“Performing the second check of a passport for an international departure was a pain point,” says American Airlines CIO Maya Leibman.
With holiday season travel in full swing, American Airlines’ latest mobile app update is intended to ease some of the stress on international fliers with a passport scanning feature.
American says it is the first airline to offer passport chip scanning for its branded mobile app.
For all American app users, their international travel ID and info is securely transmitted directly from the Near Field Communication (NFC) chip embedded in their passport. This allows customers to head directly to the gate for international flights without having their passports rechecked by a customer service agent.
In general, airline app users leaving the U.S. for an international flight typically check in digitally for their boarding pass via an app. Even though the traveler’s relevant info has already been recorded by the airline, fliers have to hold on to their have their passports so it can be physically rechecked at the airport. This step is required even if the customer has uploaded a photo of their passport via the mobile app.
With this new enhancement, the customer will be prompted to enter their passport information and then scan their passport with an iOS or Android device. (The app has a “how-to” set of instructions to begin the process.)
Addressing International “Tensions”
For American, the addition of passport scanning for its mobile app wasn’t a matter of breaking new ground or experimenting with digital capabilities, said Chief Information Officer Maya Leibman.
“In listening to our customers and talking to our team members, we knew that performing the second check of a passport for an international departure was a pain point,” Leibman told Kambr Media in an email interview. “Sometimes, customers who had checked in for the flight on the app – and had gone directly to the gate – were being asked to come up to the gate counter, or were pulled out of the boarding line to have their passport information rechecked.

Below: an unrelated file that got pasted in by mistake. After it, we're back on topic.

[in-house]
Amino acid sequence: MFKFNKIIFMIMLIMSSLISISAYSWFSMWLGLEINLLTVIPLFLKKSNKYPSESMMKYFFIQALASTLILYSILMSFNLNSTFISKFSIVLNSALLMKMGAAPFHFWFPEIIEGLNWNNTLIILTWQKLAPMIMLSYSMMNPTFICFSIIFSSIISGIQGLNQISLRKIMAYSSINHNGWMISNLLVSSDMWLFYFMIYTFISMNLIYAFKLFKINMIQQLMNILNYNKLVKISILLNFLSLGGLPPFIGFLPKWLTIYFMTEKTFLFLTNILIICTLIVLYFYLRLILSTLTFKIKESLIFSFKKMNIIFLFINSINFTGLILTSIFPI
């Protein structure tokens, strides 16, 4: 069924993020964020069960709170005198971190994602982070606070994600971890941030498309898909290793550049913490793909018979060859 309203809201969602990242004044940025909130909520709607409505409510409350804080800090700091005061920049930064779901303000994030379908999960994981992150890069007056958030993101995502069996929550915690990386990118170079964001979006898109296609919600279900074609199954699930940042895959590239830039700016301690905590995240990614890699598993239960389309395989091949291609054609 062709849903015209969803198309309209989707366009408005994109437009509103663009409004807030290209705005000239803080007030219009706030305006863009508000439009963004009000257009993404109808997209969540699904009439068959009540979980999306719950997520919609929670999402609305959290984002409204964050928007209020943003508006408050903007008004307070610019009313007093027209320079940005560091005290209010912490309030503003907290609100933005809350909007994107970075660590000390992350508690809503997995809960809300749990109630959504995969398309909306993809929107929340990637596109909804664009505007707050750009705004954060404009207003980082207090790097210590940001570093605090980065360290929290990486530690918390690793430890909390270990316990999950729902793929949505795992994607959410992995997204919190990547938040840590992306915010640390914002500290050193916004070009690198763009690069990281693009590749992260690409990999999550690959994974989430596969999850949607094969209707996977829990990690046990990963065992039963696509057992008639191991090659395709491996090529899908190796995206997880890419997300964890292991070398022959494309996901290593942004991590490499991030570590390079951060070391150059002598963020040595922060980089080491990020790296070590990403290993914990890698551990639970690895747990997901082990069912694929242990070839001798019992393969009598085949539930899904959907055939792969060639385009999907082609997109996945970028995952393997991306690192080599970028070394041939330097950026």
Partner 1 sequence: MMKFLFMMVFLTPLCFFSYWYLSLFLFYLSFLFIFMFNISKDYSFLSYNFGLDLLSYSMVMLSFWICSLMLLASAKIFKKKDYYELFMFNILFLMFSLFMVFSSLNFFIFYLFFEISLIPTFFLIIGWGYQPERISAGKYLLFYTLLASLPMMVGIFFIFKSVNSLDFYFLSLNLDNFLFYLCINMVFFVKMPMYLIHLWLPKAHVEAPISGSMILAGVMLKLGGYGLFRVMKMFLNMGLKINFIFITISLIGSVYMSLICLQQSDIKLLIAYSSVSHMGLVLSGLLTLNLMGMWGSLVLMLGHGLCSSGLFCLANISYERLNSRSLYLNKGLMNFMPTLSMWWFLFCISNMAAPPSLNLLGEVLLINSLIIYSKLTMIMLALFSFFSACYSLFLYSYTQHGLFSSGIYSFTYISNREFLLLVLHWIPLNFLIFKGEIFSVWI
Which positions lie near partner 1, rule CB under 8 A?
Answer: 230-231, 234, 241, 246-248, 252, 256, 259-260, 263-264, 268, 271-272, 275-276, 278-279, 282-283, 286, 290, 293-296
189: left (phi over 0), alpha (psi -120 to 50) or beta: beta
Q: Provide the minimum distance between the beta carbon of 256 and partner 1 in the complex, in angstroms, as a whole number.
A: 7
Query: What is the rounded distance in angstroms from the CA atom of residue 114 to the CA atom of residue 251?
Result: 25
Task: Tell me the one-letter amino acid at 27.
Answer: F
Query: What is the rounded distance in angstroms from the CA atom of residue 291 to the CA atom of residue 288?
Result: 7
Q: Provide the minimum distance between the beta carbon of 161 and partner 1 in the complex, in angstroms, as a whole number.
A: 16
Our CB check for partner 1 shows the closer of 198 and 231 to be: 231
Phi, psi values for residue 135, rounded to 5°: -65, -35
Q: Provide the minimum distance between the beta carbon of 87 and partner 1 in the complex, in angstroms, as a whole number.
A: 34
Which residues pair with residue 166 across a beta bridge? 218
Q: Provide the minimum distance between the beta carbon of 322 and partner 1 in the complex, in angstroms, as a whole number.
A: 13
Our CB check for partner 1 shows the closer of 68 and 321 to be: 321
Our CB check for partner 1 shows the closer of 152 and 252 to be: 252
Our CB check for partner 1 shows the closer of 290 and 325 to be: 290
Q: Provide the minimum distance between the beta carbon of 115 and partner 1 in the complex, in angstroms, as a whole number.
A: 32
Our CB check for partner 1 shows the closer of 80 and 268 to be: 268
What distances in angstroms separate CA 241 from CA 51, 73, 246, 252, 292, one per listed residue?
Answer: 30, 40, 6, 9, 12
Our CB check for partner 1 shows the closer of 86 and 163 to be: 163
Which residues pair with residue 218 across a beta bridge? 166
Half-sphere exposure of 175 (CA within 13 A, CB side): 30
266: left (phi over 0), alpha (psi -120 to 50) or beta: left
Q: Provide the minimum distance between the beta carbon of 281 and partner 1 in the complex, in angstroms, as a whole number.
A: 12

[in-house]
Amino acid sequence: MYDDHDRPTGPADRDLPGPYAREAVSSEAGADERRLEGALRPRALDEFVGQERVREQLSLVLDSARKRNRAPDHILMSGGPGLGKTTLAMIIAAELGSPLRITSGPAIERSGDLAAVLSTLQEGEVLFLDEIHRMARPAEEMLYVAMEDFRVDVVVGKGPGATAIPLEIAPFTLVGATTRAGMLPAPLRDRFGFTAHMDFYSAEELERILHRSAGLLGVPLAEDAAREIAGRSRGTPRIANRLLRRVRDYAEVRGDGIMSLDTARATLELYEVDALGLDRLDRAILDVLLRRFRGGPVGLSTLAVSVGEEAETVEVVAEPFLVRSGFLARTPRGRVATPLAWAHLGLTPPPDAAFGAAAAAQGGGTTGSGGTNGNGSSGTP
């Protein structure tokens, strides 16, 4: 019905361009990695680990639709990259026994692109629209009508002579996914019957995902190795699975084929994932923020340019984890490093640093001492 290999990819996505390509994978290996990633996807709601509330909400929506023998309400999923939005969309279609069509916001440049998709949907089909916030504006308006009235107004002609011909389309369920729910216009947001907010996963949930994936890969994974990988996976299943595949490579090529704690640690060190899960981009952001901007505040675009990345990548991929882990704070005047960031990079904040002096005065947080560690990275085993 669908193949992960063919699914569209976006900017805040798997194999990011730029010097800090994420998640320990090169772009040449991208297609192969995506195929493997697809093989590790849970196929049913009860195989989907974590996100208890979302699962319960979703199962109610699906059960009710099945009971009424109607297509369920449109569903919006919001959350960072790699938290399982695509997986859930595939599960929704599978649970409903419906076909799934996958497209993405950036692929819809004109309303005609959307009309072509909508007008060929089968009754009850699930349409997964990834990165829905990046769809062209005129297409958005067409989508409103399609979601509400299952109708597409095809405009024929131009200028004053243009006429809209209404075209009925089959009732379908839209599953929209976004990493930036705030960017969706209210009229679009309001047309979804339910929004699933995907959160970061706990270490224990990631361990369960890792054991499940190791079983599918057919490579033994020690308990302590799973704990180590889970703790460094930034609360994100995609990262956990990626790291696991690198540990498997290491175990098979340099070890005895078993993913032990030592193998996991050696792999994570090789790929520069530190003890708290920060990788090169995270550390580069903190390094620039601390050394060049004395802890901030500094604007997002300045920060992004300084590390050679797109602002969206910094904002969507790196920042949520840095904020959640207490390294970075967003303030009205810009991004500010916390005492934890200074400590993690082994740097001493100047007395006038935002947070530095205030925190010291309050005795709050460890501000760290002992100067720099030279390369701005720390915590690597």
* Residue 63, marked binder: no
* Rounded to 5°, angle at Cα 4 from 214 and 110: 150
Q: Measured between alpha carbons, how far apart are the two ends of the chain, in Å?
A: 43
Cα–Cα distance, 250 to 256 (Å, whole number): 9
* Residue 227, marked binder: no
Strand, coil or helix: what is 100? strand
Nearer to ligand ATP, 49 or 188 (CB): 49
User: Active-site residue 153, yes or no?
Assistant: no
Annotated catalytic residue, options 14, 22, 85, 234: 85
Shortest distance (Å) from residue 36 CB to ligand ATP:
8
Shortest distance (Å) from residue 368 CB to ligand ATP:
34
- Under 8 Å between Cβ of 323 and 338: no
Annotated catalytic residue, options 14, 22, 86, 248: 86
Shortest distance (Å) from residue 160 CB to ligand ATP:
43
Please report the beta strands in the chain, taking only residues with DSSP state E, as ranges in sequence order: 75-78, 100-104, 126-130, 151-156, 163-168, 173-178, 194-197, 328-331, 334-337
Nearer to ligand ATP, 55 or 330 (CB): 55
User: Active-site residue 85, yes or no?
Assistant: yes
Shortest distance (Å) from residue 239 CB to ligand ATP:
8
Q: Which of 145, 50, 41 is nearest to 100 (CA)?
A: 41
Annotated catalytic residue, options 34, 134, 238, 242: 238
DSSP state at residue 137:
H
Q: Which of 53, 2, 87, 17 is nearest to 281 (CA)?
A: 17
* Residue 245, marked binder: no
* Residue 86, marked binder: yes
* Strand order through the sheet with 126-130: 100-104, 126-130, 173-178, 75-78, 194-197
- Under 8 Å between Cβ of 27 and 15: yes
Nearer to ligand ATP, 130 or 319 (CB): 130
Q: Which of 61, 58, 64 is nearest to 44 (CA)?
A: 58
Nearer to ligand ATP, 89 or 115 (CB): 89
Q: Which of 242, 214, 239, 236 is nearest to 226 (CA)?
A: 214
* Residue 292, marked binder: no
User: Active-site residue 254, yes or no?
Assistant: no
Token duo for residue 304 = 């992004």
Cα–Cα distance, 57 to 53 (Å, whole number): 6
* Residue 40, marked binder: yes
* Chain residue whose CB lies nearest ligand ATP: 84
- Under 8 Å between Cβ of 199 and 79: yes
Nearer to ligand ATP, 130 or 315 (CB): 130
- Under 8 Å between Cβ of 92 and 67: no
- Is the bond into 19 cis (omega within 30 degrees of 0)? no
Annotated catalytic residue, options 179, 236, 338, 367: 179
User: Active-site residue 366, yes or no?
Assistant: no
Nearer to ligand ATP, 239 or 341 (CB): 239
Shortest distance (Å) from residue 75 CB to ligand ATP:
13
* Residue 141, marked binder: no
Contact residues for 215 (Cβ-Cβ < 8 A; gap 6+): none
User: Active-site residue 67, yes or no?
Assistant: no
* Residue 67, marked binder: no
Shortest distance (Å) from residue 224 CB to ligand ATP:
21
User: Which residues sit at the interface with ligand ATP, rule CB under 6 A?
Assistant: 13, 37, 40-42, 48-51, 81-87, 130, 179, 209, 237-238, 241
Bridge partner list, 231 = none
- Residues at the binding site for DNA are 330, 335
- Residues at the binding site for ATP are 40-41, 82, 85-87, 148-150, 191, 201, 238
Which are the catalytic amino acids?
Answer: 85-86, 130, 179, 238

“When Apple released iOS 13 earlier this fall, the company allowed developers for the first time to use the NFC scanning capability in iPhones,” Leibman added. “We knew this was the perfect opportunity for us to do something really innovative and unveil a new feature to make travel easier for our customers.”
A Timely App Update
American’s addition of mobile scanning comes as travelers have expressed dim views generally of airline apps. A report from marketing analyst J.D. Power found that despite widespread calls for “digital transformation,” airlines, online travel agencies (OTA), hotels, and rental car apps all trail the highest-scoring credit card apps when it comes to overall customer satisfaction. In particular, overall satisfaction with travel apps is lowest for airline apps, which score 854 (on a 1,000-point scale). This compares with an average score of 872 for overall credit card customer satisfaction.
The passport scan can be seen amid a series of improvements American has made to its app as part of a wider effort aimed at creating a better customer experience.
“Mobile passport scanning is the latest in a long line of new customer features American has implemented to the airline’s app to make travel easier for customers,” Leibman said. Other recent introductions include boarding notifications, Siri shortcuts and a dark mode option, she said.
In addition to the app, Leibman noted that American has rolled out additional services to improve the travel experiences, such as biometric international boarding, virtual 3D aircraft tours online, a redesigned self-service kiosk menu that simplifies the check-in process and an improved family seating approach, which ensures adults and kids under 14, when traveling together on the same reservation, are seated together.
While American doesn’t disclose how many downloads its app has received, the airline does note that on any given day, between 600,000 and 1 million customers use the app.
In terms of the most direct appeal of mobile passport scanning, business travelers are expected to be the prime candidates for using it.
“While all of our customers will be able to take advantage of this new feature,” Liebman said, “it does benefit frequent international business travelers who typically do not check luggage when traveling abroad.”